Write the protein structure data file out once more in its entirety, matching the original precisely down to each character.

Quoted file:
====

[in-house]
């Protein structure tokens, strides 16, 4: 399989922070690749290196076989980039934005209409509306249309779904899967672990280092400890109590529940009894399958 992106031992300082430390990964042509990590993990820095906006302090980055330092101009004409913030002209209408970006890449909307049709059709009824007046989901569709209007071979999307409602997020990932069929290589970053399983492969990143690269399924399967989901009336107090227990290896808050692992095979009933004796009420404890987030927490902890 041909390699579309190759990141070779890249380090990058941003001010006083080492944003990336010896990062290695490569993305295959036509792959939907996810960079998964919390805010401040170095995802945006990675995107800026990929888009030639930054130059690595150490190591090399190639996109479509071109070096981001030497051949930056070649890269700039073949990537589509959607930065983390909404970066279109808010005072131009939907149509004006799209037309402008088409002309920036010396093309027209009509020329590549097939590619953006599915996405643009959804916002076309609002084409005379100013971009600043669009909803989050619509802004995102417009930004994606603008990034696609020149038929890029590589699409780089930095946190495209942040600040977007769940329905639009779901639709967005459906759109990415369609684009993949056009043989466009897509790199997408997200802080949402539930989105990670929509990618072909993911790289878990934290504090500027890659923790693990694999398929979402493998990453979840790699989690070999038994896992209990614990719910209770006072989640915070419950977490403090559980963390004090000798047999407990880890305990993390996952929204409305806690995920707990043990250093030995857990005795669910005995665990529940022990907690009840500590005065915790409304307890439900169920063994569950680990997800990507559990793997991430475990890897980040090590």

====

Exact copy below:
[in-house]
């Protein structure tokens, strides 16, 4: 399989922070690749290196076989980039934005209409509306249309779904899967672990280092400890109590529940009894399958 992106031992300082430390990964042509990590993990820095906006302090980055330092101009004409913030002209209408970006890449909307049709059709009824007046989901569709209007071979999307409602997020990932069929290589970053399983492969990143690269399924399967989901009336107090227990290896808050692992095979009933004796009420404890987030927490902890 041909390699579309190759990141070779890249380090990058941003001010006083080492944003990336010896990062290695490569993305295959036509792959939907996810960079998964919390805010401040170095995802945006990675995107800026990929888009030639930054130059690595150490190591090399190639996109479509071109070096981001030497051949930056070649890269700039073949990537589509959607930065983390909404970066279109808010005072131009939907149509004006799209037309402008088409002309920036010396093309027209009509020329590549097939590619953006599915996405643009959804916002076309609002084409005379100013971009600043669009909803989050619509802004995102417009930004994606603008990034696609020149038929890029590589699409780089930095946190495209942040600040977007769940329905639009779901639709967005459906759109990415369609684009993949056009043989466009897509790199997408997200802080949402539930989105990670929509990618072909993911790289878990934290504090500027890659923790693990694999398929979402493998990453979840790699989690070999038994896992209990614990719910209770006072989640915070419950977490403090559980963390004090000798047999407990880890305990993390996952929204409305806690995920707990043990250093030995857990005795669910005995665990529940022990907690009840500590005065915790409304307890439900169920063994569950680990997800990507559990793997991430475990890897980040090590």